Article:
Withstanding the development boom in Sacramento’s Downtown, Stutter’s Fort claims a large block of prime real estate. It is a monument to the frontier spirit of early California settlers and to globetrotting John Sutter.
John Sutter, a self-made emigrant from Germany, built the fort as a trading post after traveling for years and making a name for himself. His influence grew and his generosity was legendary, until the discovery of gold attracted too much attention and he lost a lot of his fortune.
Sutter’s Fort gives you wonderful insight into the lives of the early settlers, all within walking distance from the amenities of the city. Its easy access makes it an ideal family destination or complement to another photo shoot in Sacramento. Do not miss this opportunity to visit an authentic western fort within California’s Capital City.
How to get there
Sutter’s Fort is located at 2701 L Street, in Sacramento, just west of the Capitol City Freeway.
Take the H Street exit from the Capitol City Freeway. Take H Street west and turn left on 29th Street, which runs parallel to the freeway. Turn right onto L Street after a few blocks. The State Park is just past Sutter General Hospital.
How to photograph Sutter’s Fort
Tall modern buildings surround the Fort, making it nearly impossible to create scenic pictures with authentic flair. Fortunately, the caretakers have arranged numerous items with an amazing attention to detail. The lovingly arranged rooms and items include living quarters, filled stores, and canons ready to fire at a moment’s notice. After a while, you will forget the city and feel a connection back to the 19th Century, especially during one of the living history or reenactment days.
Too much detail can be confusing. Try to eliminate unnecessary details and make order of the chaos in your picture. A good example is the photograph of the rifles in the introduction section or the photograph of the pots below. Cropping all unnecessary objects from the edges will also create a feeling of large numbers. This is especially evident in the photograph of the rifles. I did not give the viewer a clue how many rifles this rack held, by tightly framing the photo.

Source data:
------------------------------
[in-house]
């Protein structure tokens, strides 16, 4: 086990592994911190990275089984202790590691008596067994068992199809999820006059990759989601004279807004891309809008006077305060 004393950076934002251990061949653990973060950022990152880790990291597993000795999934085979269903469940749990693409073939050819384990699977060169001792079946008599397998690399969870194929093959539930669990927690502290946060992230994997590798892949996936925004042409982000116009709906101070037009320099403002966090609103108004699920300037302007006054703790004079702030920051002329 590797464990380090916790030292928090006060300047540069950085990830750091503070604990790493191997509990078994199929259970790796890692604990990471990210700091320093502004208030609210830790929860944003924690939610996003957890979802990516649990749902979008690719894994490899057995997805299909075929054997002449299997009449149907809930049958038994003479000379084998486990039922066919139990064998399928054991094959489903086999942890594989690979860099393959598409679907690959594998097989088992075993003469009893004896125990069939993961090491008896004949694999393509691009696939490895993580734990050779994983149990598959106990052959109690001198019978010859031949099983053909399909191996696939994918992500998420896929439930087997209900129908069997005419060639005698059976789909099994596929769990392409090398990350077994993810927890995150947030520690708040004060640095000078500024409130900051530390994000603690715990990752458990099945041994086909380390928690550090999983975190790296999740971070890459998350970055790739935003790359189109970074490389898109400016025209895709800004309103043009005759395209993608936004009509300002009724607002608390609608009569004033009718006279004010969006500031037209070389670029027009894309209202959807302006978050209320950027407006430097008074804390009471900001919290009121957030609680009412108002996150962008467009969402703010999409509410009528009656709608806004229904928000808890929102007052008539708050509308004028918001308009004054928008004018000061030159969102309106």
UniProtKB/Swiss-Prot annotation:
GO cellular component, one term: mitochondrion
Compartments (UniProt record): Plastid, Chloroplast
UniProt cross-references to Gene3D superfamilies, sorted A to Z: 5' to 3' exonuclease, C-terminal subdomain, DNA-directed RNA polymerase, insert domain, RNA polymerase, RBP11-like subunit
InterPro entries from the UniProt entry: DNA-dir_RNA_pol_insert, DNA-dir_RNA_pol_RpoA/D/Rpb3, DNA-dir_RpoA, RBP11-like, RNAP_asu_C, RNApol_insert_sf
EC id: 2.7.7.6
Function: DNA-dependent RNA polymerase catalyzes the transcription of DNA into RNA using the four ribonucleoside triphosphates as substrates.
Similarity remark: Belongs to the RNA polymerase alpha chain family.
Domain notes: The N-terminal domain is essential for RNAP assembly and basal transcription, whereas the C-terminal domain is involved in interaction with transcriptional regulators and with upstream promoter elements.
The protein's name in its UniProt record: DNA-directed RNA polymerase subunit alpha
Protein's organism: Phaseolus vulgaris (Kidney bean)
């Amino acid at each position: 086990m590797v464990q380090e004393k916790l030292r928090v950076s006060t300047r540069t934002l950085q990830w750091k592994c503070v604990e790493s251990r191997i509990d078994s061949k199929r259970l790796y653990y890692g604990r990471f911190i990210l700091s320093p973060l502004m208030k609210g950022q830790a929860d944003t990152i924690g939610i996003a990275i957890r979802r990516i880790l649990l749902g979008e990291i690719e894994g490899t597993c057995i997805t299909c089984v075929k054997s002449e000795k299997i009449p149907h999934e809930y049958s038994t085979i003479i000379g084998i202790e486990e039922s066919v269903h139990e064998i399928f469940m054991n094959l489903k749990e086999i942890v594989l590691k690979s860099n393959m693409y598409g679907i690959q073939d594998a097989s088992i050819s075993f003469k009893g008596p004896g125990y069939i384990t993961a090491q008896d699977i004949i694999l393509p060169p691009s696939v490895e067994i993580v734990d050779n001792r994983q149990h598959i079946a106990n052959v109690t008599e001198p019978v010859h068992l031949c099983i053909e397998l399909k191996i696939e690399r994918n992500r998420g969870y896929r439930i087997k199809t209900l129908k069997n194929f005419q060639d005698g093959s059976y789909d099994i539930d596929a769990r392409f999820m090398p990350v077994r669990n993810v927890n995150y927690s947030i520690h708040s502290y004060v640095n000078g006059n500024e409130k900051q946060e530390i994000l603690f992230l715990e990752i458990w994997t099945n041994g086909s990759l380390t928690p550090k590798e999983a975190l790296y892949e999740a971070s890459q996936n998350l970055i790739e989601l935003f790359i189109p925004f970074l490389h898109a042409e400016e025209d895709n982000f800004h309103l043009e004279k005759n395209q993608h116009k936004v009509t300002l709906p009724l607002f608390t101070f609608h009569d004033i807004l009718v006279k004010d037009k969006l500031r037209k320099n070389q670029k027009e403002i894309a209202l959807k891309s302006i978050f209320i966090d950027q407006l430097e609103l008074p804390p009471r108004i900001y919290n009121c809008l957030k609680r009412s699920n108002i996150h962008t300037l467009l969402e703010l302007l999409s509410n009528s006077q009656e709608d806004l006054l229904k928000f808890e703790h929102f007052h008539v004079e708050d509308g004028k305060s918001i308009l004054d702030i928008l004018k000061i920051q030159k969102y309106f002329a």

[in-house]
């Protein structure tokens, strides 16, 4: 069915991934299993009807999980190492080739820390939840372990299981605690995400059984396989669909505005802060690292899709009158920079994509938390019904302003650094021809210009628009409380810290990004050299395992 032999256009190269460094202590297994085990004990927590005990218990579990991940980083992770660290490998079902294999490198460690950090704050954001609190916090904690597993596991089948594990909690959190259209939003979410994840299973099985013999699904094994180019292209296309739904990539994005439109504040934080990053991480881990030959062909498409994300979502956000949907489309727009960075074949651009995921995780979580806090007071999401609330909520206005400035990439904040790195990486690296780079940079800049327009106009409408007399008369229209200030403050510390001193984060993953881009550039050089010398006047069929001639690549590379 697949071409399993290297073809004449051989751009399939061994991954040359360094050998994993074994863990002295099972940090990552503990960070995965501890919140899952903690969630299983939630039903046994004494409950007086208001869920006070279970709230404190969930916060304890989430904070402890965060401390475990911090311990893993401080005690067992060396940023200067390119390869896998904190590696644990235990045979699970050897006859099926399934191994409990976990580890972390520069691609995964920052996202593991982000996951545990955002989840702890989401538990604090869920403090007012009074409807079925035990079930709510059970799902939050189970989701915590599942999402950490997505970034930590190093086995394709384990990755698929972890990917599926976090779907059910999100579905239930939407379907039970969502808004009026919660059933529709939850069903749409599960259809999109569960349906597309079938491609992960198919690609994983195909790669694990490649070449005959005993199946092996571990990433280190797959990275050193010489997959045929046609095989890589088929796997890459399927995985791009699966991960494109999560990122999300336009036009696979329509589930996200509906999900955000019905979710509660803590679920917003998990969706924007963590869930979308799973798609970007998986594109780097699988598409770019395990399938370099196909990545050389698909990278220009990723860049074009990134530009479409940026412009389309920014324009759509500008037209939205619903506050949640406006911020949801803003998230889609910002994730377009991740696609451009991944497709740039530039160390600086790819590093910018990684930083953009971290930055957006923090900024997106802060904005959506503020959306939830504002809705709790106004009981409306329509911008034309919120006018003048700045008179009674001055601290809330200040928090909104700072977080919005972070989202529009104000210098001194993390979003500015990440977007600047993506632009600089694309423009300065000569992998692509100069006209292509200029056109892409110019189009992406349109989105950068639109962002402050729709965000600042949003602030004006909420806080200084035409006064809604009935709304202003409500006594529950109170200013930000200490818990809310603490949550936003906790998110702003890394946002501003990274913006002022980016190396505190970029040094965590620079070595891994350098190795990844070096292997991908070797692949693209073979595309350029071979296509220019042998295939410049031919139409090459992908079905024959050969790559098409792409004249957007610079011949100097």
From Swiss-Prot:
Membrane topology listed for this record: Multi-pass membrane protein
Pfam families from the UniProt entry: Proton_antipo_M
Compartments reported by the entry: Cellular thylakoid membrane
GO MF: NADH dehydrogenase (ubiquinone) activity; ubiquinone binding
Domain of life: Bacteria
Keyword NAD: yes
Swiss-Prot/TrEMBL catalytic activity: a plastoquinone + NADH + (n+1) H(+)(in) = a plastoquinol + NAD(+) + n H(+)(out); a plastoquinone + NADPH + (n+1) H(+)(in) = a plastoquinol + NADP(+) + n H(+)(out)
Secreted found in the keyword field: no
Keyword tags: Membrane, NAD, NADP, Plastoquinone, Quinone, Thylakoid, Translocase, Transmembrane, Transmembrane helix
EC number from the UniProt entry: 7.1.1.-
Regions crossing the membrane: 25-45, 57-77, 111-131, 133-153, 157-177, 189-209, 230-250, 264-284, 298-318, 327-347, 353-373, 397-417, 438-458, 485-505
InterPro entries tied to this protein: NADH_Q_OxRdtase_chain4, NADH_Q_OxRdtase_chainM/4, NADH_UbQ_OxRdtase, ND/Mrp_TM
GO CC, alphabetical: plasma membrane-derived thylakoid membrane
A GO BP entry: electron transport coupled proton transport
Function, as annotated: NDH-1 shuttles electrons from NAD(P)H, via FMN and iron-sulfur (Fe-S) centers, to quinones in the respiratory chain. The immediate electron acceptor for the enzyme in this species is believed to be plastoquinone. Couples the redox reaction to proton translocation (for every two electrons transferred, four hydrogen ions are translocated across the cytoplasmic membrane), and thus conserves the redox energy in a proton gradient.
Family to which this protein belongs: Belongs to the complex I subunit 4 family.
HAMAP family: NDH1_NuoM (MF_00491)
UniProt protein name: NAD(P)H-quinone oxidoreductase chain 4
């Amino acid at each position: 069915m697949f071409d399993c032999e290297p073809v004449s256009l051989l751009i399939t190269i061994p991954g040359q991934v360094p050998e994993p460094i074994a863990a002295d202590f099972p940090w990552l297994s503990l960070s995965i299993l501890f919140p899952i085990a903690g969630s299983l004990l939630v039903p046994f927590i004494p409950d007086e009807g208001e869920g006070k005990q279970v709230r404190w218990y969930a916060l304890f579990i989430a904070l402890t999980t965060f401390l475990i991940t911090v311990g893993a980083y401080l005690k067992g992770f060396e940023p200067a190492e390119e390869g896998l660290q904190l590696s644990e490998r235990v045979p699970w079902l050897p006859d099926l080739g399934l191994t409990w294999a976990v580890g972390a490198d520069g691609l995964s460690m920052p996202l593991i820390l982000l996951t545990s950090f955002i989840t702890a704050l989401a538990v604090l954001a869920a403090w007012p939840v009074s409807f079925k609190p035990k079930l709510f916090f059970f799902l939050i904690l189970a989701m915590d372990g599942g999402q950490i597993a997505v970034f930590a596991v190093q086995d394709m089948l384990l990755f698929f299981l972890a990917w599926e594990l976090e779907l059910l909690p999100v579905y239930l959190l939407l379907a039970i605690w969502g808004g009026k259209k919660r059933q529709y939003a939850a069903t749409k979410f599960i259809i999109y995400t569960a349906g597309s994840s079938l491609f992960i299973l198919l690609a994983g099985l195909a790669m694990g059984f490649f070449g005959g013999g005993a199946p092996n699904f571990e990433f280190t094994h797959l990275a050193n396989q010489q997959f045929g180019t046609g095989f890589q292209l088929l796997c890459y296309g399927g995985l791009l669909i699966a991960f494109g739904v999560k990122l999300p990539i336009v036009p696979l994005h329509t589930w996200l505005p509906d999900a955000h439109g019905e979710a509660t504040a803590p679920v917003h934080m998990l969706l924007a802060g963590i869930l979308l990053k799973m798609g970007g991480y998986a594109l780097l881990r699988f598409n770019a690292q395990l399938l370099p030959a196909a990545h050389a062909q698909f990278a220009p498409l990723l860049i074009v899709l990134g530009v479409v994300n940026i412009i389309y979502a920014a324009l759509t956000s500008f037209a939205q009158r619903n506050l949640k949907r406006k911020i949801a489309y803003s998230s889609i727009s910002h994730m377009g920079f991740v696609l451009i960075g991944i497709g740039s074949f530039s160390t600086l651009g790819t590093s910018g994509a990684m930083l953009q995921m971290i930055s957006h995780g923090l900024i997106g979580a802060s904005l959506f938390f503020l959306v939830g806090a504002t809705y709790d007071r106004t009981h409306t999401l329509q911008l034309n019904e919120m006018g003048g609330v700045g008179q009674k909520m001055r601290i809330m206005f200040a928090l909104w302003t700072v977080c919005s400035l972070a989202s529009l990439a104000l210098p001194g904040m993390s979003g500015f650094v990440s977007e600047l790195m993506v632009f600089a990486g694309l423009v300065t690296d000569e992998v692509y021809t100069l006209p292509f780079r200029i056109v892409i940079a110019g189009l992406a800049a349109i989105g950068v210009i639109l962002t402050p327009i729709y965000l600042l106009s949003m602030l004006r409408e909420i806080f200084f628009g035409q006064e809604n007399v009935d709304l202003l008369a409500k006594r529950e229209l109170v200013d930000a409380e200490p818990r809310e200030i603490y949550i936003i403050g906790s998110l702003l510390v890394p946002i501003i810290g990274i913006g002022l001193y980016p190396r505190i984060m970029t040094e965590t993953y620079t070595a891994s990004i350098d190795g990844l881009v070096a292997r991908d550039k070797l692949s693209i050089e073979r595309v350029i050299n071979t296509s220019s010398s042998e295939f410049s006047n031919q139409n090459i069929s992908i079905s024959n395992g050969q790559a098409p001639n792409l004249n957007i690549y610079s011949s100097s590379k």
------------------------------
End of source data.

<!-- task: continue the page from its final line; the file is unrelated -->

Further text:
The rooms are dark and gloomy, while the outside can be extremely bright. The resulting contrast makes it tough to shoot scenes that include outdoor and indoor scenes. Unless you want to go the difficult and cumbersome HDR route, I recommend to shoot RAW and to expose for the highlights. You can boost the shadow level during post processing, but you cannot completely restore clipped highlights. Most modern SLR let you restore one stop of highlight, which means you could overexpose the highlights that much.
For advanced photographers, I recommend that you experiment to learn the limits of your camera. Simply load an overexposed picture into your favorite RAW converter and reduce the exposure slider until you cannot regain any more content. Pay attention to the color histogram, since the amount you can restore will differ for each channel, which could lead to color casts if you go too far. Once you know how far you can push your camera, you can take a meter reading from the highlights and then increase your exposure time by that same amount (e.g. one full stop).
Slide film photographers usually avoid these excessive high dynamic range situations. I have done the same in the photographs of this article.
The dark gloomy rooms of the Fort also require a higher sensitivity ISO speed setting. Pay attention to your exposure time and increase the sensitivity if necessary to avoid blur.
Best Time of the Day and Best Season
Sutter’s Fort opens its doors to visitors daily, from 10am to 5pm. Summer can be very hot in the Central Valley and winter can be rainy. Rain, however, is only a small discomfort. Since many of the exhibits are indoors, you can still create good images. I took most of the images in this article on a rainy day.
To maximize your potential, come during a special program day, when the Fort comes to live with actors in authentic costumes.
One hour is sufficient to explore and photograph the small Fort.
You do not need to bring heavy gear here. A zoom Point and Shoot Camera with image stabilization can deliver good results with sufficient flexibility and ease of use.
- Zoom lens with image stabilization
- CP filter for outdoor shots
- If it rains: heavy boots (mud)
The entrance fee is $5 for adults and $3 for children between the ages of 6 to 17. The admission may be higher on special program days.
- California State Capitol
- Governor’s Mansion
- Stanford Mansion
- Old Sacramento Historic Downtown
- California State Railroad Museum
- Daffodil Hill
- Nevada City
- Bridgeport Covered Bridge
- Locke Historic Town
- Malakoff Diggins SHP
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